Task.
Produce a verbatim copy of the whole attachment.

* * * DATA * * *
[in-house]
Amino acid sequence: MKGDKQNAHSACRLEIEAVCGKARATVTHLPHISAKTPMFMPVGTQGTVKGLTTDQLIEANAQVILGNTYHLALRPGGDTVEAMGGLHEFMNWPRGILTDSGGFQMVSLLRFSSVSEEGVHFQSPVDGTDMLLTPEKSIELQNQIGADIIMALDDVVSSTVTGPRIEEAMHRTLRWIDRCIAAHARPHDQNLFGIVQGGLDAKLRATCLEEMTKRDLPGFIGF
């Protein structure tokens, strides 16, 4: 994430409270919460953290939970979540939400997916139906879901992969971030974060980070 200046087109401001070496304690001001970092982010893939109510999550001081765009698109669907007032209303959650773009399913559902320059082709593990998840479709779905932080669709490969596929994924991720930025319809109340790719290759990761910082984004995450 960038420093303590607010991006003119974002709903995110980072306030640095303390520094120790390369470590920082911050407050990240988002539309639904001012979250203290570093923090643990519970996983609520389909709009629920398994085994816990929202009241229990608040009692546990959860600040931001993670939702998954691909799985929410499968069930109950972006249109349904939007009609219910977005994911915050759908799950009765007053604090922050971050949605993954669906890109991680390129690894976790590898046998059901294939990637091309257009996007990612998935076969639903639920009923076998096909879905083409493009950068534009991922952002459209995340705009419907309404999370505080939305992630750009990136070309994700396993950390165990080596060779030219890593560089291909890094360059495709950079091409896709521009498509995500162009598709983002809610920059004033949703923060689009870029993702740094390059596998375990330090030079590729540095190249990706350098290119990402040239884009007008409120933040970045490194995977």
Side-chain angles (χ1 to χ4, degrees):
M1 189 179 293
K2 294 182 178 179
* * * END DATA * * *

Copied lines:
[in-house]
Amino acid sequence: MKGDKQNAHSACRLEIEAVCGKARATVTHLPHISAKTPMFMPVGTQGTVKGLTTDQLIEANAQVILGNTYHLALRPGGDTVEAMGGLHEFMNWPRGILTDSGGFQMVSLLRFSSVSEEGVHFQSPVDGTDMLLTPEKSIELQNQIGADIIMALDDVVSSTVTGPRIEEAMHRTLRWIDRCIAAHARPHDQNLFGIVQGGLDAKLRATCLEEMTKRDLPGFIGF
């Protein structure tokens, strides 16, 4: 994430409270919460953290939970979540939400997916139906879901992969971030974060980070 200046087109401001070496304690001001970092982010893939109510999550001081765009698109669907007032209303959650773009399913559902320059082709593990998840479709779905932080669709490969596929994924991720930025319809109340790719290759990761910082984004995450 960038420093303590607010991006003119974002709903995110980072306030640095303390520094120790390369470590920082911050407050990240988002539309639904001012979250203290570093923090643990519970996983609520389909709009629920398994085994816990929202009241229990608040009692546990959860600040931001993670939702998954691909799985929410499968069930109950972006249109349904939007009609219910977005994911915050759908799950009765007053604090922050971050949605993954669906890109991680390129690894976790590898046998059901294939990637091309257009996007990612998935076969639903639920009923076998096909879905083409493009950068534009991922952002459209995340705009419907309404999370505080939305992630750009990136070309994700396993950390165990080596060779030219890593560089291909890094360059495709950079091409896709521009498509995500162009598709983002809610920059004033949703923060689009870029993702740094390059596998375990330090030079590729540095190249990706350098290119990402040239884009007008409120933040970045490194995977």
Side-chain angles (χ1 to χ4, degrees):
M1 189 179 293
K2 294 182 178 179